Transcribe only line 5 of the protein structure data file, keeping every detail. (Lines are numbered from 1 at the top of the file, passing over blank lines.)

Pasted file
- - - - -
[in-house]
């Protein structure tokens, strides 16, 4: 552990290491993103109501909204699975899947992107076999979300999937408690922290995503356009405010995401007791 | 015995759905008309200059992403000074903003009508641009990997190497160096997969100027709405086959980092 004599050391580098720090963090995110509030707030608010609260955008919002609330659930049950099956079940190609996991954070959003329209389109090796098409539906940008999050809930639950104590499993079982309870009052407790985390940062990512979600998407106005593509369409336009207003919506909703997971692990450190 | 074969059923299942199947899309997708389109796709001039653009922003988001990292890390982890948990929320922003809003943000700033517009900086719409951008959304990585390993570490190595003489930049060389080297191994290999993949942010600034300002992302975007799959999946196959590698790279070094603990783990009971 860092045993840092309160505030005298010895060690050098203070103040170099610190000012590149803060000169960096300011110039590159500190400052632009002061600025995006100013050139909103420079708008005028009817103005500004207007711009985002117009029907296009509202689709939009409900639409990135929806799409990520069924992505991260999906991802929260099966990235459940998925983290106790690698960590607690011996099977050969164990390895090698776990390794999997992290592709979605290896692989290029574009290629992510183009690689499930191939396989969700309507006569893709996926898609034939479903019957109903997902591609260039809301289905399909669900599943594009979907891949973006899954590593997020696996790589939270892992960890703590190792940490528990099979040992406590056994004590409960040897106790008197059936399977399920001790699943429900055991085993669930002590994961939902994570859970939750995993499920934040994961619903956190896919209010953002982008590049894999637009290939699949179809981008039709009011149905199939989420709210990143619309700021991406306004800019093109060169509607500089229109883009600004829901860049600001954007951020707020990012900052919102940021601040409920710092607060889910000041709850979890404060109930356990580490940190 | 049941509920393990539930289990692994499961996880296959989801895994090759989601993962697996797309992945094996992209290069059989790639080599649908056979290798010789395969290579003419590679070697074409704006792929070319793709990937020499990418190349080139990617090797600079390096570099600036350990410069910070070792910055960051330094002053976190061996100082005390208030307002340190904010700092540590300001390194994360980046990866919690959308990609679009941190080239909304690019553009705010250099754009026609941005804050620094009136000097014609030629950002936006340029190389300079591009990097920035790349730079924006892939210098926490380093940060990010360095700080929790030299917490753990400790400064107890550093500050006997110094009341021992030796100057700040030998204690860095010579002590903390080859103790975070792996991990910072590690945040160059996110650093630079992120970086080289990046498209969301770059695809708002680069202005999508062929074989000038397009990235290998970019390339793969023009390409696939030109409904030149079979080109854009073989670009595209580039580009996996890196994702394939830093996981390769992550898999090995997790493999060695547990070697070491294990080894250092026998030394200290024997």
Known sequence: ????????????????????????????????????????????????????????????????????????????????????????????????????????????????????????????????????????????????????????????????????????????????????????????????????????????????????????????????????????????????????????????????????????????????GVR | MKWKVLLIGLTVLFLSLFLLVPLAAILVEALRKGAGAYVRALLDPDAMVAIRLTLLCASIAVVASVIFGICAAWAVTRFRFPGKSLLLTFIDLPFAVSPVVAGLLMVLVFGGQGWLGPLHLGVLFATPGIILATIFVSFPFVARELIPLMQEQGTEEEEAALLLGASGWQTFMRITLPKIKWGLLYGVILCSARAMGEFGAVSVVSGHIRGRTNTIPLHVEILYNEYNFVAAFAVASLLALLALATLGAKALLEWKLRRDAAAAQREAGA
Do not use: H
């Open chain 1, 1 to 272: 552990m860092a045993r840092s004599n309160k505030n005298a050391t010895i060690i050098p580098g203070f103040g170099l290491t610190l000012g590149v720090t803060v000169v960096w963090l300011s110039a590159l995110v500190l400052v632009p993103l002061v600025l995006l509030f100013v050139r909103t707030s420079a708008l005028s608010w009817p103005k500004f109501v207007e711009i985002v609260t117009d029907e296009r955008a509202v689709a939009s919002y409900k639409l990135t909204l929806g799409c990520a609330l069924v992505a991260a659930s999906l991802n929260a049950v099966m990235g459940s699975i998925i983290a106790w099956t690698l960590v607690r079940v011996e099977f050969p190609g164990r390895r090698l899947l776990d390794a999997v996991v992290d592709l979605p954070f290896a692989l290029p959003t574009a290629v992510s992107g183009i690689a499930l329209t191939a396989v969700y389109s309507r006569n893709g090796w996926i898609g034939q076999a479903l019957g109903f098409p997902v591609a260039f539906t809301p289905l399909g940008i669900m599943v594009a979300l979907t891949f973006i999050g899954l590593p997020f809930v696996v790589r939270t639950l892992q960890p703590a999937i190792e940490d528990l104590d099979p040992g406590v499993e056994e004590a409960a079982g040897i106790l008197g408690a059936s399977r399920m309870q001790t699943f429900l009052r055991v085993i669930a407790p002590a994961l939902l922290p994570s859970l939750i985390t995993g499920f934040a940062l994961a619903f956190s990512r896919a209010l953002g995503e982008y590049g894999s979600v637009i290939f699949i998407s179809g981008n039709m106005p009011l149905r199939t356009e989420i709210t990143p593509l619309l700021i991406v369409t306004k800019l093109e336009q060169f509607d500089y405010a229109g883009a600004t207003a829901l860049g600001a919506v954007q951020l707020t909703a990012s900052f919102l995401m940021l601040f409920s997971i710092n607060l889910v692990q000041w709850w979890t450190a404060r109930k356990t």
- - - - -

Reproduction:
């Open chain 1, 1 to 272: 552990m860092a045993r840092s004599n309160k505030n005298a050391t010895i060690i050098p580098g203070f103040g170099l290491t610190l000012g590149v720090t803060v000169v960096w963090l300011s110039a590159l995110v500190l400052v632009p993103l002061v600025l995006l509030f100013v050139r909103t707030s420079a708008l005028s608010w009817p103005k500004f109501v207007e711009i985002v609260t117009d029907e296009r955008a509202v689709a939009s919002y409900k639409l990135t909204l929806g799409c990520a609330l069924v992505a991260a659930s999906l991802n929260a049950v099966m990235g459940s699975i998925i983290a106790w099956t690698l960590v607690r079940v011996e099977f050969p190609g164990r390895r090698l899947l776990d390794a999997v996991v992290d592709l979605p954070f290896a692989l290029p959003t574009a290629v992510s992107g183009i690689a499930l329209t191939a396989v969700y389109s309507r006569n893709g090796w996926i898609g034939q076999a479903l019957g109903f098409p997902v591609a260039f539906t809301p289905l399909g940008i669900m599943v594009a979300l979907t891949f973006i999050g899954l590593p997020f809930v696996v790589r939270t639950l892992q960890p703590a999937i190792e940490d528990l104590d099979p040992g406590v499993e056994e004590a409960a079982g040897i106790l008197g408690a059936s399977r399920m309870q001790t699943f429900l009052r055991v085993i669930a407790p002590a994961l939902l922290p994570s859970l939750i985390t995993g499920f934040a940062l994961a619903f956190s990512r896919a209010l953002g995503e982008y590049g894999s979600v637009i290939f699949i998407s179809g981008n039709m106005p009011l149905r199939t356009e989420i709210t990143p593509l619309l700021i991406v369409t306004k800019l093109e336009q060169f509607d500089y405010a229109g883009a600004t207003a829901l860049g600001a919506v954007q951020l707020t909703a990012s900052f919102l995401m940021l601040f409920s997971i710092n607060l889910v692990q000041w709850w979890t450190a404060r109930k356990t």